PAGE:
Tips on Taking Up a Martial Art

Martial arts or fighting systems come in a variety of forms developed for centuries. People take them up for self-defense, physical fitness and self-discipline. You must have been impressed by videos or live demonstrations and you might be thinking you can do it too. No matter which form you take, here are some pointers to consider, especially when you are looking for an art to study:

Choose the one that fits you. As mentioned before, martial arts come in many forms and its suitability will depend on the learner – age, physique or build and your personality. For instance, tai chi is ideal for elderly people; Muay Thai are for those who are well-built and can be aggressive if necessary. Aikido is for those who want to avoid confrontation.

Brazilian Jiu-Jitsu is thought to be for brawny people but not so. It is a matter of using the laws of Physics in your favor. C: Kathy Kenny Ngo

But just because you do not have certain qualities needed for a martial art, it does not mean it is not for you. If you still want to take up a certain martial art, you need to prepare yourself accordingly; that is to undergo whatever conditioning exercises is given. There are people over 50 years old who take up very physical disciplines such as Muay Thai or Brazilian Jiu-Jitsu. It shows you need to have the drive and passion. It is in the mind.

Wushu is a form of Chinese martial art. It can develop agility, grace and balance. C: Janice Hung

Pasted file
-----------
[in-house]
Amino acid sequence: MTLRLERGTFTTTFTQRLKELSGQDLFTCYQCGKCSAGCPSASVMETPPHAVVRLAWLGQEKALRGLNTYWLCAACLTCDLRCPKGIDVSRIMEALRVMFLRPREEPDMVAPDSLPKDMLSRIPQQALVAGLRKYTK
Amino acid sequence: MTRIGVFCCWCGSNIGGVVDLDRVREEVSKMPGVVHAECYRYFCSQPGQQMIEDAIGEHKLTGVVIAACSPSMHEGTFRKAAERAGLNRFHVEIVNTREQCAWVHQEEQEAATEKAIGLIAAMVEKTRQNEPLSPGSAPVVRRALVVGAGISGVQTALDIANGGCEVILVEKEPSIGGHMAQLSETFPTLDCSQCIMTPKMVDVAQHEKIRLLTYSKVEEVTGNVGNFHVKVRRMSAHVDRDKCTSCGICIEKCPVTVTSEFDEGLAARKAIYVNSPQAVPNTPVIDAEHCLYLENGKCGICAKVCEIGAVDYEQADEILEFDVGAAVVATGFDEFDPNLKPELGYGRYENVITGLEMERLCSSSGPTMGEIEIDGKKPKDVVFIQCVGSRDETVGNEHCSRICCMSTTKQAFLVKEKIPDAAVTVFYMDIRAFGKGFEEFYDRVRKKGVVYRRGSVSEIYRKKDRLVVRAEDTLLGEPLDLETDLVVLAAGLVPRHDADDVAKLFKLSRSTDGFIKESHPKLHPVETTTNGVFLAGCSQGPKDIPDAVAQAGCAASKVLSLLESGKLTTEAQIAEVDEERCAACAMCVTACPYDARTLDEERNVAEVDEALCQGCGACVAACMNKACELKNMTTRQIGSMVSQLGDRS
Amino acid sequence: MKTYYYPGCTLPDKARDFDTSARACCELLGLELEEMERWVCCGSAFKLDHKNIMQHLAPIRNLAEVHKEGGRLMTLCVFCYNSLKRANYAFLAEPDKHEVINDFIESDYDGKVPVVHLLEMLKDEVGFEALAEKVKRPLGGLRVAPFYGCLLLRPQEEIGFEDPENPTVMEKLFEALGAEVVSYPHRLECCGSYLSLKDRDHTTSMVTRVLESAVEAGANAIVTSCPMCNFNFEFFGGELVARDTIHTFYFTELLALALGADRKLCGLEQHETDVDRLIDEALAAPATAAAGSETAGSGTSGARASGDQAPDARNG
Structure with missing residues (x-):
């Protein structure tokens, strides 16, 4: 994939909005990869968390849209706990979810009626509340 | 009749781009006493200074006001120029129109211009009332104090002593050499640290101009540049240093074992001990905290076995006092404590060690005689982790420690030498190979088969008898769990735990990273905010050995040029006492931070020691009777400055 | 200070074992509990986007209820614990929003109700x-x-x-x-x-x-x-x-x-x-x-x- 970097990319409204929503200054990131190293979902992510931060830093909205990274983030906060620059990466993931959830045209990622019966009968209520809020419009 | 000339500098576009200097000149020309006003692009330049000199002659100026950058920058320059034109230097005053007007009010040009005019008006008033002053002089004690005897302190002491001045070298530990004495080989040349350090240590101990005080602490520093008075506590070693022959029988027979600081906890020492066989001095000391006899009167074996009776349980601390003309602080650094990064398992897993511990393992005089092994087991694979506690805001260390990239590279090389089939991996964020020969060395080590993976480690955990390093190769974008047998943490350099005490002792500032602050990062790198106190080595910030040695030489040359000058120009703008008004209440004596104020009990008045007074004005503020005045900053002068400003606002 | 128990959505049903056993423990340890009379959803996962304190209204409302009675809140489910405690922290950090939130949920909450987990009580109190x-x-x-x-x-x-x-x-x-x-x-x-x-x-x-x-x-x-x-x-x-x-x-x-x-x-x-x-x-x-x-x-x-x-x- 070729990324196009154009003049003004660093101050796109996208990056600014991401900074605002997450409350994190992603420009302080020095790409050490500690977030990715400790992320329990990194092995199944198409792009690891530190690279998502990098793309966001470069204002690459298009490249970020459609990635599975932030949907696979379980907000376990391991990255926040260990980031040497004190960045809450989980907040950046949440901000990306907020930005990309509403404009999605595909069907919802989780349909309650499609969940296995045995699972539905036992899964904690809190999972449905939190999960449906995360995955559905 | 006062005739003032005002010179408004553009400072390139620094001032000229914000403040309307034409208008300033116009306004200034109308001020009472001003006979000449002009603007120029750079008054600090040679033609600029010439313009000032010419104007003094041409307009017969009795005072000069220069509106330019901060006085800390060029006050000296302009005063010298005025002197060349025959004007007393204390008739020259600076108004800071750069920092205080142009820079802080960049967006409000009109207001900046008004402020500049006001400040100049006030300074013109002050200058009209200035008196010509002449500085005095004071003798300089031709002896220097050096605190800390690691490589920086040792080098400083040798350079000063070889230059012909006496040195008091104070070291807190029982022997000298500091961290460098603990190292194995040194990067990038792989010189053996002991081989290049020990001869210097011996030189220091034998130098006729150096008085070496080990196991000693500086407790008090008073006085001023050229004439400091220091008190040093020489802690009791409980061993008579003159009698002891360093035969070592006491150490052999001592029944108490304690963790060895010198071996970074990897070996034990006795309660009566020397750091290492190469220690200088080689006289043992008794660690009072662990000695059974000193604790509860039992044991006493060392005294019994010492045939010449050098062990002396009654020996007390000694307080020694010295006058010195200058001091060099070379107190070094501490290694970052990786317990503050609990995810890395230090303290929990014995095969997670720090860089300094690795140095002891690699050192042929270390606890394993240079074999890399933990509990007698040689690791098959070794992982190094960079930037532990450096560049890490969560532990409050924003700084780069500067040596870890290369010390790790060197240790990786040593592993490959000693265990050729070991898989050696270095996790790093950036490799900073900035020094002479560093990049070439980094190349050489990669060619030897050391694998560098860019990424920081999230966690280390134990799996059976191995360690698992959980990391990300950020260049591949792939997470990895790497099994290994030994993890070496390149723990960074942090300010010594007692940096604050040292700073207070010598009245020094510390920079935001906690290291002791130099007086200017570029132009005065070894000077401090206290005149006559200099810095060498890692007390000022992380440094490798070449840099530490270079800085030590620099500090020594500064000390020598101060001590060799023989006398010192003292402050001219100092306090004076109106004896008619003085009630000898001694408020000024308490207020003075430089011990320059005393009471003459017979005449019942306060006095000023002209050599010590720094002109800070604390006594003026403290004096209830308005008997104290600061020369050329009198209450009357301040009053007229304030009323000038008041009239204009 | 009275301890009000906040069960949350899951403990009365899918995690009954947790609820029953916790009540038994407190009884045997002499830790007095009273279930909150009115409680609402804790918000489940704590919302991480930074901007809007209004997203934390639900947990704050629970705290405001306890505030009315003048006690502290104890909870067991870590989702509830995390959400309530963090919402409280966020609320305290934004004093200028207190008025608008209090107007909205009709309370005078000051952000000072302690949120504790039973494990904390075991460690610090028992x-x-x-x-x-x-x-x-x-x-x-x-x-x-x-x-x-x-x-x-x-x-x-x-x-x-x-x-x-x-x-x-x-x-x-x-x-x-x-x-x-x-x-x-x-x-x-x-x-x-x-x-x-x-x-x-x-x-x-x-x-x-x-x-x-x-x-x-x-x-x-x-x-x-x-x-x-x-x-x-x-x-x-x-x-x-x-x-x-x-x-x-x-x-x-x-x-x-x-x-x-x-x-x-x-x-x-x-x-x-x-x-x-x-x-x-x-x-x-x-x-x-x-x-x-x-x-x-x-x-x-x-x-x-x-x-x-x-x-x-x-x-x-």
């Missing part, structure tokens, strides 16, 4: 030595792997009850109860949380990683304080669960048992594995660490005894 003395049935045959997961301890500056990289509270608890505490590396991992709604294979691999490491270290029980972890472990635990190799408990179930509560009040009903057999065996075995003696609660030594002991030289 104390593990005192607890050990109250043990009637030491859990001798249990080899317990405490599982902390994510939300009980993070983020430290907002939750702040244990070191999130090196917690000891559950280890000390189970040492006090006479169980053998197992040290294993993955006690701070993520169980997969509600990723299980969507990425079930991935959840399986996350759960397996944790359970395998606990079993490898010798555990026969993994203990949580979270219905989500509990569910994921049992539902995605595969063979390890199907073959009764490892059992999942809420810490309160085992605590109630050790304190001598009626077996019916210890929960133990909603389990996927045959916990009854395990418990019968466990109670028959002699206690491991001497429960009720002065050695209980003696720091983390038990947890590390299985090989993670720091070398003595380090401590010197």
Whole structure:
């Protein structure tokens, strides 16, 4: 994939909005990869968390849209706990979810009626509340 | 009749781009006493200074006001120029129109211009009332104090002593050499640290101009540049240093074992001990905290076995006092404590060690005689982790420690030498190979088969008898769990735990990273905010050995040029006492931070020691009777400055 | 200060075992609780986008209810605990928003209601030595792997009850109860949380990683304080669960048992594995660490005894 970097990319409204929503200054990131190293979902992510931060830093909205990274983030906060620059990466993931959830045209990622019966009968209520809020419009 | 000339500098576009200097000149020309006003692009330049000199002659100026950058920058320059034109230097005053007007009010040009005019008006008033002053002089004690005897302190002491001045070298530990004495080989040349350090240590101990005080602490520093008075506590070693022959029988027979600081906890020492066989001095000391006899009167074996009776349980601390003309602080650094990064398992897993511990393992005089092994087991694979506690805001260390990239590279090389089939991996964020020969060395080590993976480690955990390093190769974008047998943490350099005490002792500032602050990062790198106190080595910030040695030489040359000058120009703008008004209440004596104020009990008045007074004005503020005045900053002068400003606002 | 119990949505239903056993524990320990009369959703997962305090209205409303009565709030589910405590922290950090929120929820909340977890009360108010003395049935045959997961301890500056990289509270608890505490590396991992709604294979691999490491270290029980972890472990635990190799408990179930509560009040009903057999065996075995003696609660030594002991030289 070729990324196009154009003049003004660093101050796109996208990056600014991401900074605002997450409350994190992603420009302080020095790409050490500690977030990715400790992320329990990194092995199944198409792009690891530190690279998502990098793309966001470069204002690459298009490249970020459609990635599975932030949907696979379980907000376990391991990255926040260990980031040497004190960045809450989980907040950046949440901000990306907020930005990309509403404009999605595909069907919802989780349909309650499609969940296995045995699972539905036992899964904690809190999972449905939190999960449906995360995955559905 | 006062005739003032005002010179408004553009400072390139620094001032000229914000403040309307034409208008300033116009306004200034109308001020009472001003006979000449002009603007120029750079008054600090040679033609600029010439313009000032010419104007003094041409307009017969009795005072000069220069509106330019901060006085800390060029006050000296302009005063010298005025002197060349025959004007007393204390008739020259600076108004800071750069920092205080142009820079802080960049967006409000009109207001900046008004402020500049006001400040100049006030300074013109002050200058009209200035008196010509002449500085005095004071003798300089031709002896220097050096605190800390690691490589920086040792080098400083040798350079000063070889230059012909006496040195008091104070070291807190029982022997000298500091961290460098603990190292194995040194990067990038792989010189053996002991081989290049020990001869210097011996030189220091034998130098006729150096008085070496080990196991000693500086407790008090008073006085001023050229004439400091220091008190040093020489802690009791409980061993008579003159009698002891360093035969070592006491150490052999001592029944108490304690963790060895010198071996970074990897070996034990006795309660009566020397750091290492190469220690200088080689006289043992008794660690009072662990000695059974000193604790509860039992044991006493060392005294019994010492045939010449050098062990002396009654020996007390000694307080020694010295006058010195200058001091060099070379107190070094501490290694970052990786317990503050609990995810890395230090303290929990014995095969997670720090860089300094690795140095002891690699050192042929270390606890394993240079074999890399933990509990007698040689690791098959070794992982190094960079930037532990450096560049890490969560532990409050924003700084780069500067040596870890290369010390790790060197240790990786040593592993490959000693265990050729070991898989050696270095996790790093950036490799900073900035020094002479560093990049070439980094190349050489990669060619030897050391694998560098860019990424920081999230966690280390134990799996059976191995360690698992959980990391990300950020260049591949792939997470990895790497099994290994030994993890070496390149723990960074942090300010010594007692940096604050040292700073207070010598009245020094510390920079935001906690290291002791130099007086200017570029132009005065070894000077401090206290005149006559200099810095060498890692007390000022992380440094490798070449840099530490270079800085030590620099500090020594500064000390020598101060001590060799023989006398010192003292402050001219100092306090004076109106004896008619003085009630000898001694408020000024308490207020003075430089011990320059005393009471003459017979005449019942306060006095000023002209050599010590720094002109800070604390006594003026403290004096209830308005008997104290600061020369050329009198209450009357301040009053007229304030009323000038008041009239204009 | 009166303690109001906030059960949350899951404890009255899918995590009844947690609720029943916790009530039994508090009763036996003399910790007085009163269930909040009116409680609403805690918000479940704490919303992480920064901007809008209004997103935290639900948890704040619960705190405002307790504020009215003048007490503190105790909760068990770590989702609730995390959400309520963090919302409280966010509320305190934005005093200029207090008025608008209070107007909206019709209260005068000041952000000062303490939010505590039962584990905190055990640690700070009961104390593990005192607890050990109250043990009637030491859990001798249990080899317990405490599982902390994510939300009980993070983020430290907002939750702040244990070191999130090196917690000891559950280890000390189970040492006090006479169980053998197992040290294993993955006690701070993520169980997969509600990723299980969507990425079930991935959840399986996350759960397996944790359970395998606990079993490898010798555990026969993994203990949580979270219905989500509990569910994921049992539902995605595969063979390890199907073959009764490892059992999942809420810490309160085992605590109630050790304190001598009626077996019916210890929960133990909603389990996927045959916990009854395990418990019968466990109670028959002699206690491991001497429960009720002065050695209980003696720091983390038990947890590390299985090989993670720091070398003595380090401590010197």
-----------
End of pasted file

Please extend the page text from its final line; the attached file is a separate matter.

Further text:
Take into account the reputation of the school or instructor. Enroll with reputable school and instructors. You can tell from the awards and other credentials displayed, a testament to the hard-earned reputation built. Yet, there are instructors who are discreet and rely on referrals and testimonials from current or past students in advertising themselves. It is up to you to see for yourself how credible they are.

Aikido is a purely defensive martial art. It is suited for those who are not aggressive.

In relation to that, avail of free trial classes to see if the instructors live up to their expectations and to see if the art fits you. Of course, any martial arts training will require you to leave your comfort zone. It might hurt, but that is usually at the start since your body is not fully conditioned. If you are serious about taking up the art, you have to practice regularly and when you do, the pain you experienced at the beginning will no longer be there.

Finally, ask yourself if you are doing it for the right reasons. Some instructors will “interview” you, asking what your reasons are for studying. If you cannot come up with a good reason, you might be turned away. Such instructors want to take in those who are not just passionate, but committed and disciplined. Some systems are very lethal and they admonish students not to use it to harm or bully other people. Such instructors do not care about making a profit, but they want to make sure the art is passed on to good hands.

What is the best martial art? That depends entirely upon you. No matter what art you take, you are the one who can make it effective for yourself. Some quit in the early stages because they lack the drive and discipline, plus they realized it is not easy as it looks in demonstrations. To be the best practitioner requires discipline. It is the ability to bear the rigorous training program and the determination to be better than you were before.

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Aaron Ronquillo

Quizzer, Practical Shooter, Martial Artist, Movie Buff, Avid Reader, Amateur Foodie and Photographer, Cat Lover; Someone with a wanderlust; got a keen eye for detail, trivia; enthusiastic but cautious; patient, calculating